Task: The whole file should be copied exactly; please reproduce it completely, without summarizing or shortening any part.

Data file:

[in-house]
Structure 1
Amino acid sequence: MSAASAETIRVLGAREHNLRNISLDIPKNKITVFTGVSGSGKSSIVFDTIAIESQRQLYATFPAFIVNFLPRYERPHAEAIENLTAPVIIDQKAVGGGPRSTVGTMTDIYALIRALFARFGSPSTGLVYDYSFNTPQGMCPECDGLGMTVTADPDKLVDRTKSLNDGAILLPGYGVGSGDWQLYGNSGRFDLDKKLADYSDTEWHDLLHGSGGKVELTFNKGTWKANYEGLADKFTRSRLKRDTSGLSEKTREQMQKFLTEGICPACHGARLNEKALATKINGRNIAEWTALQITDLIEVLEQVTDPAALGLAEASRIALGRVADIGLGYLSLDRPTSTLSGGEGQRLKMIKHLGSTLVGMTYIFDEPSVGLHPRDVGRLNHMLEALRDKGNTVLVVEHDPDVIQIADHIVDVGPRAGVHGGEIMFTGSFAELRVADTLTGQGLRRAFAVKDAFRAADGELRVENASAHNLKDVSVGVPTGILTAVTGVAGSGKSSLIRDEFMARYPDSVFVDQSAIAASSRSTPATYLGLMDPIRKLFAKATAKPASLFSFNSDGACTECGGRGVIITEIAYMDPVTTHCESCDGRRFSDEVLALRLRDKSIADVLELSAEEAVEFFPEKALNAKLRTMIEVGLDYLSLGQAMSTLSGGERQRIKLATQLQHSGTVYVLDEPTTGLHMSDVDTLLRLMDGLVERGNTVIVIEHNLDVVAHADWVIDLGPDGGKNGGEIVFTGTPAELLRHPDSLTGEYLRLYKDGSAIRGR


[in-house]
Structure 1
Amino acid sequence: MSAASAETIRVLGAREHNLRNISLDIPKNKITVFTGVSGSGKSSIVFDTIAIESQRQLYATFPAFIVNFLPRYERPHAEAIENLTAPVIIDQKAVGGGPRSTVGTMTDIYALIRALFARFGSPSTGLVYDYSFNTPQGMCPECDGLGMTVTADPDKLVDRTKSLNDGAILLPGYGVGSGDWQLYGNSGRFDLDKKLADYSDTEWHDLLHGSGGKVELTFNKGTWKANYEGLADKFTRSRLKRDTSGLSEKTREQMQKFLTEGICPACHGARLNEKALATKINGRNIAEWTALQITDLIEVLEQVTDPAALGLAEASRIALGRVADIGLGYLSLDRPTSTLSGGEGQRLKMIKHLGSTLVGMTYIFDEPSVGLHPRDVGRLNHMLEALRDKGNTVLVVEHDPDVIQIADHIVDVGPRAGVHGGEIMFTGSFAELRVADTLTGQGLRRAFAVKDAFRAADGELRVENASAHNLKDVSVGVPTGILTAVTGVAGSGKSSLIRDEFMARYPDSVFVDQSAIAASSRSTPATYLGLMDPIRKLFAKATAKPASLFSFNSDGACTECGGRGVIITEIAYMDPVTTHCESCDGRRFSDEVLALRLRDKSIADVLELSAEEAVEFFPEKALNAKLRTMIEVGLDYLSLGQAMSTLSGGERQRIKLATQLQHSGTVYVLDEPTTGLHMSDVDTLLRLMDGLVERGNTVIVIEHNLDVVAHADWVIDLGPDGGKNGGEIVFTGTPAELLRHPDSLTGEYLRLYKDGSAIRGR